Warning for purists: this is going to be very hand-wavy. Planck's work was esoteric, cutting-edge Physics at the time (c 1900) and is still highly technical second or third year undergraduate Physics, requiring a knowledge of statistical mechanics – glossed over in what follows.
Black body radiation is the radiation inside a cavity with walls at a fixed temperature. The radiation is in the form of 'standing' electromagnetic waves. Many frequencies of standing wave will co-exist. There will be more possible modes of standing wave with frequencies between (say) 80 THz and 90 THz than between (say) 10 THz and 20 THz and the number of modes per 10 THz interval goes up continuously with frequency. So if the energy of the radiation is distributed evenly among different modes of standing wave, one would expect the high frequency modes (ultraviolet and beyond) to hog the lot – simply because there are more and more modes (without bound!). This was later called 'the ultraviolet catastrophe'.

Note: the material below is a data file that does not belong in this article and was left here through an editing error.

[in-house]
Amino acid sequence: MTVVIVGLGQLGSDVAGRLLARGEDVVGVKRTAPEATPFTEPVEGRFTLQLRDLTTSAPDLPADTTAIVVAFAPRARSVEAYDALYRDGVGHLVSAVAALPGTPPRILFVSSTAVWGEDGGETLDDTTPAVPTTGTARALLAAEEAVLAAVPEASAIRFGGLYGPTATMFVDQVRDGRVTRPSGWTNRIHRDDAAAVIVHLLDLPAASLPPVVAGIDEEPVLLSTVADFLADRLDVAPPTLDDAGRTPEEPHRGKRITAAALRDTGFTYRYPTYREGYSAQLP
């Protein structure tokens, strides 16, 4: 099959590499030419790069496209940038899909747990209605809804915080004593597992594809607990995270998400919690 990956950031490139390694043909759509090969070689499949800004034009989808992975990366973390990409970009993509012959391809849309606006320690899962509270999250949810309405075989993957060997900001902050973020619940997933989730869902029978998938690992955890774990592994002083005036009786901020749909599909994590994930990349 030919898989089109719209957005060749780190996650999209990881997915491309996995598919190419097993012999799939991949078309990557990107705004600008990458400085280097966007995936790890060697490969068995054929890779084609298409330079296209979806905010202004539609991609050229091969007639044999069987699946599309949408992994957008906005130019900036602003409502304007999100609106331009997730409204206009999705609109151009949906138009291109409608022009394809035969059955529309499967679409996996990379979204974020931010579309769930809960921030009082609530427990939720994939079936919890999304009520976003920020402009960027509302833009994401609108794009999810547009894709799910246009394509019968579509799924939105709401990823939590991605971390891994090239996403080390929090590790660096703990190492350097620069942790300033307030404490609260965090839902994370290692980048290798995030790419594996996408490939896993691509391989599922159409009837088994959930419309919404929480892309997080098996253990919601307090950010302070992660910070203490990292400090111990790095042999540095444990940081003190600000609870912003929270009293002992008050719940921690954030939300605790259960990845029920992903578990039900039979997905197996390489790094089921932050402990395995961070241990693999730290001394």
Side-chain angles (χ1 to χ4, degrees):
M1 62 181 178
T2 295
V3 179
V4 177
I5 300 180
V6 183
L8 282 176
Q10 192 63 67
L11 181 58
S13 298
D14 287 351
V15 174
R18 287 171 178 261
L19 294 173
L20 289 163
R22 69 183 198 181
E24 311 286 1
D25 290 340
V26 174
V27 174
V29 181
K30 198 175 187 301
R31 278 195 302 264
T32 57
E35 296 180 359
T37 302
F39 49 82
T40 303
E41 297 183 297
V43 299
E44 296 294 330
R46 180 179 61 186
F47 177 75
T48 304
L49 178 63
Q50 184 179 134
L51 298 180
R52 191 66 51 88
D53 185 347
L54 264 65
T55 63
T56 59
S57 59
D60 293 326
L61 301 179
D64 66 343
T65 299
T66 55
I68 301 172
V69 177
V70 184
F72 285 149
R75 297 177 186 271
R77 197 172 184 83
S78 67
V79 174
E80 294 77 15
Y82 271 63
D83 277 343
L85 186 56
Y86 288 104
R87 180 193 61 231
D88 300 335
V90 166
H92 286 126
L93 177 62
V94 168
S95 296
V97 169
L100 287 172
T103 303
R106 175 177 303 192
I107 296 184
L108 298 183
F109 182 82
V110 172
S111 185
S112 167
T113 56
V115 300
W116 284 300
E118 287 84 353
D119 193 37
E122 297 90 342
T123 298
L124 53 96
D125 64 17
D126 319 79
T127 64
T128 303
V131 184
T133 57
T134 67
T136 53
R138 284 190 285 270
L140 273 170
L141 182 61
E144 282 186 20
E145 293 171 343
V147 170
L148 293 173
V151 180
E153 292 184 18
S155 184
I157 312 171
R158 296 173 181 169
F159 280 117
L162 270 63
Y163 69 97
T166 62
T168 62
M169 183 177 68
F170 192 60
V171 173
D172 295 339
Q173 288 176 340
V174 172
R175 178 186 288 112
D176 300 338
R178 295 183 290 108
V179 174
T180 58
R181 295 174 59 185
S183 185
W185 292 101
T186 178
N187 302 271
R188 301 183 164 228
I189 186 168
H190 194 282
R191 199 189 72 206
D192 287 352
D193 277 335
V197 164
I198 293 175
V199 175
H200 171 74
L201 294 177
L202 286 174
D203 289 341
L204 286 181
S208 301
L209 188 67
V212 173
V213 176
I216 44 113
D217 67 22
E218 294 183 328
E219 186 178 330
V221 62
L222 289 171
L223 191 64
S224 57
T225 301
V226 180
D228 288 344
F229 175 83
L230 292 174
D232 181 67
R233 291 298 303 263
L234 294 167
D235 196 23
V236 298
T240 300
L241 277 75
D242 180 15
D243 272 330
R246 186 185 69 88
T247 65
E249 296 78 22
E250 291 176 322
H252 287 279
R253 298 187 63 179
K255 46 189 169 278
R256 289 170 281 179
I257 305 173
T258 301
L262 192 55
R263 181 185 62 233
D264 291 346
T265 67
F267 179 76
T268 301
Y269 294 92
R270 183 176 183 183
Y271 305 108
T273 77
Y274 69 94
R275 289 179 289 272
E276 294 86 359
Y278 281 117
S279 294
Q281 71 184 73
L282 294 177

The word 'catastrophe' was used because this prediction seemed like a catastrophe for theoretical physics. The high frequency modes don't hog all the energy – far from it. Lummer and Pringsheim had conducted careful experiments which showed that energy density peaked at some intermediate frequency. Planck built on the work of Wien, Boltzmann and others and succeeded in finding an equation that fitted these experimental results.
Planck then discovered that he could derive this equation from pure theory, but only by making what he considered to be an outrageous hypothesis: that for a mode of frequency f, the energy in the cavity can only exist in 'lumps' or quanta of size E = hf. How does this avoid the ultraviolet catastrophe? Even a single quantum for a very high frequency mode would be huge. The chances of great chunks of the available energy going to more than a few (high frequency) modes were remote; these greedy modes were priced out of the market!
This attempt at explaining Planck's brilliant idea has made several oversimplifications. For one, Planck stressed quantisation of the energies emitted and absorbed by oscillators in the cavity walls, rather than quantisation of the waves themselves. Above all, I've totally omitted the mathematical treatment – which is what makes Planck's work so convincing for physicists.